I am one of those diners who will stand in front of a lavish breakfast spread and eye the butter. Bacon can wait, so can congee, croissants and waffles. For me, butter is supreme.
I am an ardent fan of Amul, practically a rite of passage in India, which is probably why most Indians like their butter salted and emphatically yellow. I still remember tasting garlic bread for the first time, and my excitement at the magical alchemy created by butter fused with garlic, then baked.
Then, on one of my first trips abroad, at Nikko hotel, in Malaysia, I found myself standing at a breakfast buffet in front of a huge bowl filled with an assortment of butter cubes.
Each cube had a different colour (green, red, yellow) and given I cannot read Chinese, I picked a few in different shades. One turned out to be margarine, which I quickly put aside. The rest were all astonishingly powerful bursts of buttery flavour.
There was spiced butter, nutty butter, bacon butter... I was in butter heaven.
There seems to be no end to my quest for flavoured butters. However, my first experiment with making garlic-flavoured butter was a big flop. The second attempt, even a bigger flop, had me giving up. Eventually, I gave up on trials. So when I found garlic butter on the shelf of a supermarket after 10 years, I was delighted. Yet, store-bought garlic butter just doesn’t taste half as good as the home-made versions.
“What could be the reason?” I ask home-baker Arundati Rao. She says, “Flavoured butter tastes best when flavoured at home. When this is done, it is soft and smooth vis-à-vis the hard slab bought from stores.” Store-bought flavoured butter comes with dried ingredients and the choice is much less.
Jam in the flavour
Fl avoured butter is also compound butter. The simplest way to get compound butter is by whipping ingredients, such as herbs, spices or liquid infusions, into the butter.
Jams and sweeteners, too, can be considered. Once these ingredients are added, the butter is reformed, usually in a plastic wrap or parchment paper, and chilled until it is firm enough to be sliced. This can be stored in the freezer for about a month. Sounds delicious?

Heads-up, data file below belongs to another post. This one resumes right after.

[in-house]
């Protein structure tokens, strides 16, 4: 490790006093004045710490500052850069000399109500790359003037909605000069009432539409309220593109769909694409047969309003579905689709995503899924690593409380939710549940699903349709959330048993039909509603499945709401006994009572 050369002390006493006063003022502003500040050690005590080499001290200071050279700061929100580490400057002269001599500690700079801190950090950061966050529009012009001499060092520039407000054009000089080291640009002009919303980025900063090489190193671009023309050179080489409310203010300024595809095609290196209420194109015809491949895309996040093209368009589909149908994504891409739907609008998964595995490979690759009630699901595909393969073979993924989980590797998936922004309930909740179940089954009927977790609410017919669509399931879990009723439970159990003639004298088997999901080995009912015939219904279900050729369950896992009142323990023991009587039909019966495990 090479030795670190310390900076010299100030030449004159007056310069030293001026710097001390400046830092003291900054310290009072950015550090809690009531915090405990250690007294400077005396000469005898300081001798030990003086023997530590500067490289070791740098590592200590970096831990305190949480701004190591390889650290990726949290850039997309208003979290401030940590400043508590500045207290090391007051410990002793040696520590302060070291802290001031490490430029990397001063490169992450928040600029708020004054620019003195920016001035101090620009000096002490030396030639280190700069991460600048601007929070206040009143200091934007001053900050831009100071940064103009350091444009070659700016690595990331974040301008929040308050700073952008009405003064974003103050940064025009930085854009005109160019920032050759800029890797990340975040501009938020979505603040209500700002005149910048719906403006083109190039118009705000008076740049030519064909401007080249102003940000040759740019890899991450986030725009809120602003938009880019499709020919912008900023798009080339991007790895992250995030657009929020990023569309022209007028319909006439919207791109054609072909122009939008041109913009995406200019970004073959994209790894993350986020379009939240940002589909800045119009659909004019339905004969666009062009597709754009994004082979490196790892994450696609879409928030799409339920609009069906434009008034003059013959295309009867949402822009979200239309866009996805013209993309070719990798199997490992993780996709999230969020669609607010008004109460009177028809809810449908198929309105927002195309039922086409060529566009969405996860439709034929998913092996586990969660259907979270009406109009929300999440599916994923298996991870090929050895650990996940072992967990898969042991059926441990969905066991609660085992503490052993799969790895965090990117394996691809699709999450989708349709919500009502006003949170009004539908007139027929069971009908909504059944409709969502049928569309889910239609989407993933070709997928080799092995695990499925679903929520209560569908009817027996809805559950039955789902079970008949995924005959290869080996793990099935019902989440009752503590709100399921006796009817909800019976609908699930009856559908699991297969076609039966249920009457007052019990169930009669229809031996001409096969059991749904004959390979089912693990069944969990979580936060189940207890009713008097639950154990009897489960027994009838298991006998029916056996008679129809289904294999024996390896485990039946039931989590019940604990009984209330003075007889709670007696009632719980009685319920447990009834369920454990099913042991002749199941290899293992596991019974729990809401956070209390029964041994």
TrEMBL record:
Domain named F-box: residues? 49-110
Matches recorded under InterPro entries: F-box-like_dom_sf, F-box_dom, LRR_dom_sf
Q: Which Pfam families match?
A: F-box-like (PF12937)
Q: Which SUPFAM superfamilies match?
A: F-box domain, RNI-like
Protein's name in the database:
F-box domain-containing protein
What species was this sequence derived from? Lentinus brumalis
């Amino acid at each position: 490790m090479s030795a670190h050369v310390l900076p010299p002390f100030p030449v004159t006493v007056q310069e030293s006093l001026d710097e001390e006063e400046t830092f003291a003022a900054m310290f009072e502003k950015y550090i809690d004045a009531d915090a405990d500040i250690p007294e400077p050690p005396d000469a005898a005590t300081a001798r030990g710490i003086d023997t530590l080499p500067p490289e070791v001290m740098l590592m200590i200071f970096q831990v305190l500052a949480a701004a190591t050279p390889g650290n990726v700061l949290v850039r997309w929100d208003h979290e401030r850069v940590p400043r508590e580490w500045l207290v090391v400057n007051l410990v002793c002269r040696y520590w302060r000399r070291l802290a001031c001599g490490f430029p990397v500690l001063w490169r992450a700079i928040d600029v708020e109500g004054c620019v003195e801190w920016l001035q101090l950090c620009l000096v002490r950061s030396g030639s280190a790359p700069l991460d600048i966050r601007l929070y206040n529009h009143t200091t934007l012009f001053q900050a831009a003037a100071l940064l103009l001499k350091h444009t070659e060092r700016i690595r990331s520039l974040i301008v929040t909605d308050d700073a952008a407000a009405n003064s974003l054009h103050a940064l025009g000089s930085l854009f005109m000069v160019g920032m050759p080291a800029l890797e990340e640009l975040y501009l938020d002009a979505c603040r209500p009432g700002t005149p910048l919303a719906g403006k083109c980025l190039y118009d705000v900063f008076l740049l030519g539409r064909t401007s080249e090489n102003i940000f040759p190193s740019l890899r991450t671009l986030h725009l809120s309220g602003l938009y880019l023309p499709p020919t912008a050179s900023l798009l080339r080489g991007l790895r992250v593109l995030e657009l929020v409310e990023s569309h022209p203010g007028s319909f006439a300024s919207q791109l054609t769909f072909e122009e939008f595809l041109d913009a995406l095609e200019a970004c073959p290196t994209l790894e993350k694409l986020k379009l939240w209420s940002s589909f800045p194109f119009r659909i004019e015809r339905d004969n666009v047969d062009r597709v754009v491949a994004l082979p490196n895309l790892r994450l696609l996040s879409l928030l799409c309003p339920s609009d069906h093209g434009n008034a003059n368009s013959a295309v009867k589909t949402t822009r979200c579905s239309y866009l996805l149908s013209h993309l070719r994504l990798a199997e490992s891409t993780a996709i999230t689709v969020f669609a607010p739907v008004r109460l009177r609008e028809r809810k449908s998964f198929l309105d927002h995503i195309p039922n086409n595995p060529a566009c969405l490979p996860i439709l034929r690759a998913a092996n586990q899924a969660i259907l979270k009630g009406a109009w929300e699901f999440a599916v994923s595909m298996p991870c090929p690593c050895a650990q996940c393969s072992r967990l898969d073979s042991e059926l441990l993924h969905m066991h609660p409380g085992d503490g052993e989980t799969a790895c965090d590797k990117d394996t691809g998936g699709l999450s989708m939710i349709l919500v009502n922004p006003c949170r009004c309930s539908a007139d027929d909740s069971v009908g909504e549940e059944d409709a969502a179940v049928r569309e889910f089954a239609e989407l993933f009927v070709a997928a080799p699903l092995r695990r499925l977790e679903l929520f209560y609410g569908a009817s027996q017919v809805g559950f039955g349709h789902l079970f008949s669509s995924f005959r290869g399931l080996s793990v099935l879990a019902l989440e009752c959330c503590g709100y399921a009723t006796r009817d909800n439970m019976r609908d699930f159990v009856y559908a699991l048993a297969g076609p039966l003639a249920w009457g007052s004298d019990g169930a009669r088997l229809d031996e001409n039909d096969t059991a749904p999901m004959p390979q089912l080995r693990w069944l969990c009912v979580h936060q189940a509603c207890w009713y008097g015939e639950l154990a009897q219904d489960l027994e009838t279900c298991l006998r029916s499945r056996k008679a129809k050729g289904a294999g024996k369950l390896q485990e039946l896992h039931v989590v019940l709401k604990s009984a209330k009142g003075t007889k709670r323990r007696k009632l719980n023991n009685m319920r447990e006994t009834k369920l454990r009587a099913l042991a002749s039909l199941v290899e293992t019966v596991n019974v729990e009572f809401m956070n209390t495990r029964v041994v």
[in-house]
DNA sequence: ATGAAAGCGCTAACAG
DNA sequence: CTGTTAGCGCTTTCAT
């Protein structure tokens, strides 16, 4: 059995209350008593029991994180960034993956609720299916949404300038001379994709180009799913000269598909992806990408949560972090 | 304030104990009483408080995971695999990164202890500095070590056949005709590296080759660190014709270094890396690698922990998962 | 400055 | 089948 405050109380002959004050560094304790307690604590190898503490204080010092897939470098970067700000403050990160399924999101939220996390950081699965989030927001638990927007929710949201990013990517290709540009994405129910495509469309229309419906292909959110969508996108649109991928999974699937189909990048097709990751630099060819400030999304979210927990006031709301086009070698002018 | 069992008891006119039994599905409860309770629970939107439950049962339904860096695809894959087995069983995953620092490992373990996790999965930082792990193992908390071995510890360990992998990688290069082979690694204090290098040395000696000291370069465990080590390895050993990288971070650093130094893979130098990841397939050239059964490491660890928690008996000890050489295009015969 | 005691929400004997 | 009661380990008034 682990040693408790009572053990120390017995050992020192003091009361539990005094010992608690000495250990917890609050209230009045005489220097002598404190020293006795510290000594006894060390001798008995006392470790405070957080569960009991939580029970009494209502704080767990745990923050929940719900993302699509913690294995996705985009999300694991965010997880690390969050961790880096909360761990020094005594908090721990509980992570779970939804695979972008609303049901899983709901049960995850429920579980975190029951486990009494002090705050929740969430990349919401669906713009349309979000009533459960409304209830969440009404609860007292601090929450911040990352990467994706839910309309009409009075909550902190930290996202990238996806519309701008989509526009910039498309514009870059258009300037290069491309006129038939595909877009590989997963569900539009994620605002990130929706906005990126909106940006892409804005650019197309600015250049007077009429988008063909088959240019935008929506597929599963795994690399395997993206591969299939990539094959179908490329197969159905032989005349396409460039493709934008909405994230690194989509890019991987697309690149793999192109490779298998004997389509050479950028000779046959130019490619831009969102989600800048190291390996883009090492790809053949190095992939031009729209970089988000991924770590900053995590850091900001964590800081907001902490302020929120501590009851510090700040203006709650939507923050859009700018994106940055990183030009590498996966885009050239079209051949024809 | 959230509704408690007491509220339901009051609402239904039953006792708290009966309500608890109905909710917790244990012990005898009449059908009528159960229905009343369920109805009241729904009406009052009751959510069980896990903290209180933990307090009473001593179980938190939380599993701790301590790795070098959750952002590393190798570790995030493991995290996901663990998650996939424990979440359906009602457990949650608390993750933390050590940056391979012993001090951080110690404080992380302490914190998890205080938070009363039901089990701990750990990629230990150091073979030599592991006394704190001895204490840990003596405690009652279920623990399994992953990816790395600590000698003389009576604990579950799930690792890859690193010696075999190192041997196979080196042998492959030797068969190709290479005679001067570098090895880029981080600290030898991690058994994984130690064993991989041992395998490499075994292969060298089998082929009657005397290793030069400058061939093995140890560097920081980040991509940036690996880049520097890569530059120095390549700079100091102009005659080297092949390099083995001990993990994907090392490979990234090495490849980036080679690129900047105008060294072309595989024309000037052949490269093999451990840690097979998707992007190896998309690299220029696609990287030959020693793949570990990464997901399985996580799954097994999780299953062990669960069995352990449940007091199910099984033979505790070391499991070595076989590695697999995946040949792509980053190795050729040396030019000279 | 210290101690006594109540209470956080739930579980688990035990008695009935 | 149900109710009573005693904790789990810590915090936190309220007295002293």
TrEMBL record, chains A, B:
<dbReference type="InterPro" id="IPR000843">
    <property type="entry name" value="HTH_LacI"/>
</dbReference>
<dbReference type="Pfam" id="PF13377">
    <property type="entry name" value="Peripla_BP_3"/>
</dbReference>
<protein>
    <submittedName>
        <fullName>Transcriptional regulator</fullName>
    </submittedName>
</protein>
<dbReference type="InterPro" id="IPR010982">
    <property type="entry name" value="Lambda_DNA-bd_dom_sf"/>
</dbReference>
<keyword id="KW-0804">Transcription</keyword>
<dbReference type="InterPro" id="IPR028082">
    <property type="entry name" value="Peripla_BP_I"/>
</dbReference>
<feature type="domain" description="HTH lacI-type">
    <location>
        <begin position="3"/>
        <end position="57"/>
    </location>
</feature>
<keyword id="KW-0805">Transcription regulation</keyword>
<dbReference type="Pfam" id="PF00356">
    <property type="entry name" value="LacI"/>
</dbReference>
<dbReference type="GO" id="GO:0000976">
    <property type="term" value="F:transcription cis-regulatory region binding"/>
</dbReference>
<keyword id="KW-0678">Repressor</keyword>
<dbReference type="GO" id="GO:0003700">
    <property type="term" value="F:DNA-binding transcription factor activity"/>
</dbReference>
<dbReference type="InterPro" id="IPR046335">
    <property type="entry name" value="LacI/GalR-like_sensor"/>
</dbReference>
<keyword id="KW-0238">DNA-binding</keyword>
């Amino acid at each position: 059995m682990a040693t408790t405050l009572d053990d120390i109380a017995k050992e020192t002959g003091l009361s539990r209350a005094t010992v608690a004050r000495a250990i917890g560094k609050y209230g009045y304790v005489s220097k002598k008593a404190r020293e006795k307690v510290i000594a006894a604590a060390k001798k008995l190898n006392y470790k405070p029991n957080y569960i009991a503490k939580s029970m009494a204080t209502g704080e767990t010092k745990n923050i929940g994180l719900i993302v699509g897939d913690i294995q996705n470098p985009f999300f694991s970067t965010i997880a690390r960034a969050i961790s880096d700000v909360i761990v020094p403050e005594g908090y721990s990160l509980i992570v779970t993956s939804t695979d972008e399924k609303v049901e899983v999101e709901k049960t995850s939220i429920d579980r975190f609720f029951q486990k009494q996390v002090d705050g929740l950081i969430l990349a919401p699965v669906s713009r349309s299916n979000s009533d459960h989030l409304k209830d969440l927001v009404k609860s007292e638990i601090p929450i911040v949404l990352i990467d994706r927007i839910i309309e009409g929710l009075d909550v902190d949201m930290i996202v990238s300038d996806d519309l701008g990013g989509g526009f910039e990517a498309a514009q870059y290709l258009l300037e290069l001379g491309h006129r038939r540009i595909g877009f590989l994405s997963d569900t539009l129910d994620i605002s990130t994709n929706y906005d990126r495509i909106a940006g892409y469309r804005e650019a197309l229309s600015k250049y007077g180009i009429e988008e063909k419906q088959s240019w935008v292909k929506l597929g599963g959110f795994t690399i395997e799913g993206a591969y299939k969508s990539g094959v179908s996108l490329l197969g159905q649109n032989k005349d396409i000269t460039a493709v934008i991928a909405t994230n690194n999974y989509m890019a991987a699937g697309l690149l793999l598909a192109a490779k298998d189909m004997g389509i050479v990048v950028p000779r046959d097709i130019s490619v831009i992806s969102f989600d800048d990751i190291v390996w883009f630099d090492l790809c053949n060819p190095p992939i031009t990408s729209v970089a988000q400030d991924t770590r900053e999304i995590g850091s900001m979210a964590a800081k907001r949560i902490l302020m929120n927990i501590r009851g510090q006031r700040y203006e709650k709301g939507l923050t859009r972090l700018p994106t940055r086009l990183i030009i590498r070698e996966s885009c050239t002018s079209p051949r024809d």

Food stylists and recipe developers say flavoured butters can also be used to toss your favourite veggies and meats into while cooking them. Arundati’s favourite lemon-and-thyme butter, for instance, has many uses.
“I eat it on crackers, as well as with fish and chicken. The mild flavours make the butters themselves a lot more versatile.”
Onions for breakfast
Dur ing summers in Sweden, red onion butter served with bread rolls makes breakfast a gourmet affair. Canada exults in maple syrup butter — imagine that on a stack of hot, fluffy pancakes! That’s not all: you can also slather your toast with butter infused with cinnamon and pumpkin, cranberry and honey, lemon and thyme...
I recently found myself faced with two shells placed on a chic black slate at Ottimo in ITC Kohenur. Assuming that it was a fancy cheese, given Ottimo is an Italian restaurant, I balanced an entire shell on a bread stick and popped it into my mouth. It turned out to be a delicious burst of cool pesto butter.
Indian artisan butter-makers have found ways to add desi ingredients to surprise diners. “Little Treats in Mumbai sells thecha butter,” says influencer and food stylist Ankiet Gulabani. He adds, “ Thecha is a spicy green chilli condiment which is coarse, and also has peanuts. Butter is a smooth vehicle for its strong flavours... I have also tasted curry leaves and green garlic butter.”
Little Treat’s Kadipatta butter, with a hint of curry leaves, fresh chilli and garlic, packs a punch on a toast. Or try sautéing prawns in it.
Mumbai-based Sunita Pradhan of Little Treats says her Indian flavoured butters are the best sellers. Besides kadipatta and thecha , she makes moringa butter as well. “I use only natural ingredients with unsalted butter. I like to control the salt in the butter I prepare. On request, I have made Jain thecha butter and gun powder butter,” she says. Her range includes coconut and vegan butter, and Sunita is always down to customising, adding, “Tell me any flavour and the butter will be done.”
If you want more drama on your toast, whip yourself some black butter with activated charcoal.